Map of Richmond, VA (Wikimedia Commons)

Richmond, VA is one of the oldest cities in America and is famous for being the capital of the confederacy. Today, Richmond is a thriving, metropolitan city with much to do and see in the day and night. Richmond is home to many colleges and universities, including Virginia Commonwealth University, University of Richmond, and Virginia Union. There are also several community colleges in the area, including J. Sargeant Reynolds and John Tyler Community College, as well as vocational colleges like ECPI College of Technology and ITT Technical Institute.

Arts and culture in Richmond are thriving. The city is home to the VA Historical Society and the VA Museum of Fine Arts, as well as the Science Museum of VA, the Children’s Museum of Richmond, and the VA Center for Architecture. Other interesting historical sights include the Edgar Allen Poe House and Museum, the John Marshall House and Hollywood Cemetery. Monument Avenue is well-known for it’s confederate statues commemorating soldiers such as Robert E. Lee and Stonewall Jackson.

Performing arts flourish in Richmond. The Landmark Theater, Carpenter Center, Barksdale Theater and Empire Theater are notable venues for formal performances. For music, the Richmond Folk Festival is a multi-day event that hosts folk, bluegrass and country music every summer. Many smaller theaters and venues throughout the city are home to live music on a daily or weekly basis as well. Finally, the Richmond Mural Project and the RVA Street Art Festival have facilitated the production of murals by nationally and internationally acclaimed artists throughout the city. According to Shane Pomajambo, owner of the Art Whino Gallery and sponsor of the Richmond Mural Project, the murals that were produced during 2014 “continue to build Richmond’s reputation as a go to destination” that invites “exploration of the city.” In addition, this project has beautified many less than beautiful or simply plain areas in Richmond.

Drive On: Google Drive in the Classroom

My breakup with Blackboard is definitive! This semester I’m transitioning to Google Drive as a repository for course files and a means for turning in and giving back student work.

Each student will have a shared folder containing four subfolders: Files by Week, Returned, Shared with Group, and Turn In. They will need to name their files using a set of conventions and store them in Files by Week. Documents they submit for grading must be placed in the Turn In folder where I will pick them up. Graded files will be given back to students via the Returned folder.

The syllabus, assignment descriptions, rubrics, and other documents will be placed in a separate read-only folder that all students have access to. Technically, the course schedule will be outside the Drive environment, since it will be set up as a public Google Calendar as I have been doing for years now. (Maybe I can write a post about this in the future, not only the how-to use Google Calendar but also the why—if students take advantage of its advanced features to stay current in the class.)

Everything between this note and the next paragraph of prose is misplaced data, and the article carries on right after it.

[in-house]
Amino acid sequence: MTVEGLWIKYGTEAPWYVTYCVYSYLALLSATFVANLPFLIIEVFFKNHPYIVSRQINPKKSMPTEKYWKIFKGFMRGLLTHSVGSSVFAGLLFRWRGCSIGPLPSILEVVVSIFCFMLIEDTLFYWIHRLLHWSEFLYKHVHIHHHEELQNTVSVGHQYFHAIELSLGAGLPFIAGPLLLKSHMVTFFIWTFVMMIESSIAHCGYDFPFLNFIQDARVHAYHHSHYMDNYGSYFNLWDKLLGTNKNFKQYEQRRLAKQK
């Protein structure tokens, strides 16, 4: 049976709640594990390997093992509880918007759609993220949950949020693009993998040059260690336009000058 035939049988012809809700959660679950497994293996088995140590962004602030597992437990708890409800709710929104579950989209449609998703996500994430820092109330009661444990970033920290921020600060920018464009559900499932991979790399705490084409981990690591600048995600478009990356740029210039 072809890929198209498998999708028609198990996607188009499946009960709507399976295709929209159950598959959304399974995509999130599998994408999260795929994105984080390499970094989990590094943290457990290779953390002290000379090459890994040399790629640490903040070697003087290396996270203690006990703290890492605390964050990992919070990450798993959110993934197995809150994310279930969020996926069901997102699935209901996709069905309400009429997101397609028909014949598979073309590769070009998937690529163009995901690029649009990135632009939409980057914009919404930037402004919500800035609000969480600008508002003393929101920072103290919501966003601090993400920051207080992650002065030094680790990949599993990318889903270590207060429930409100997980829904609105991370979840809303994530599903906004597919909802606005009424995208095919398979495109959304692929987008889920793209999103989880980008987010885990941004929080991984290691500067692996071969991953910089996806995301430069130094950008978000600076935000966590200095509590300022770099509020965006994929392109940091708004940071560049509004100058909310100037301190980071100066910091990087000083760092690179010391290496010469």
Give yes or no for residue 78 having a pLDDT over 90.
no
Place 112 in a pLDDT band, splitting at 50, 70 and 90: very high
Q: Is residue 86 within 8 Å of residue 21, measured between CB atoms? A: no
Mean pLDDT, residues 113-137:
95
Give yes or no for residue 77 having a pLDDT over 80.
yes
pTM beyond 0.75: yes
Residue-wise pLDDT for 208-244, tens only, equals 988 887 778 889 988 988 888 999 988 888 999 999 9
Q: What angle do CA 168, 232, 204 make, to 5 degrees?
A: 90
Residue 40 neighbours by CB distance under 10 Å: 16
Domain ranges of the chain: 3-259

I wasn’t able to set up a grade book as a dynamic Google Sheets file that would display grade information for students on an individual basis. The ability to protect cells and sheets is too basic in the Google Drive environment, and I’m leery of its level of security. Instead, I will have my own Microsoft Excel file with grade information, and periodically I’ll have to generate grade reports for each student. Yes, this will be time-consuming, but the benefit is significant: I’ll have control over how grades are displayed to students. In turn these design choices should help students understand how the assessments work together to measure their overall performance in the course. I always get a handful of student questions every semester about what a particular grade means and how it is calculated. Blackboard doesn’t offer a “student-view,” so it’s difficult even to try to grasp what they are seeing to get an idea of why they might misperceive their own grades. (More on these matters in a future post.)

Using Google Drive instead of Blackboard will expose students to the real dynamics of collaboration with others in the cloud. They will need to learn file naming and organization conventions, as well as participate in a group work flow, just as if they were using a shared drive in an office environment. Blackboard is a black box: it gives students and instructors two different interfaces, so that at times one group can’t know what the other is doing or can do, and it automates processes to the point that users lose awareness of the particulars of the system’s procedures and potential.
Black box

If anyone has used Google Drive extensively for sharing work, I would be glad to know of any unexpected problems you’ve encountered in the environment. I have identified two idiosyncrasies that I’m prepared for:

  • Conflicting file and folder permissions. A user can assign one of three permissions to a file or a folder: view, comment on, or edit. The settings for the folder will override those of the individual file, which makes sense, and that’s why I made the read-only folder of course materials separate from students’ individual folders. So I think I’ve contained the problem to occurring only when students don’t configure their Shared with Group folders correctly.
  • Google Drive desktop app versus browser interface. Because some students might already have the desktop app installed, which mirrors the contents of their Google Drive on their computers, I don’t think I should pretend the app doesn’t exist. It offers some powerful benefits that I’ll certainly be taking advantage of. I’m aware of the quirks of multi-platform cloud storage from using Dropbox and Evernote daily. Though not all students will already have the same frame of reference, they can learn—and maybe direct experience is the best teacher.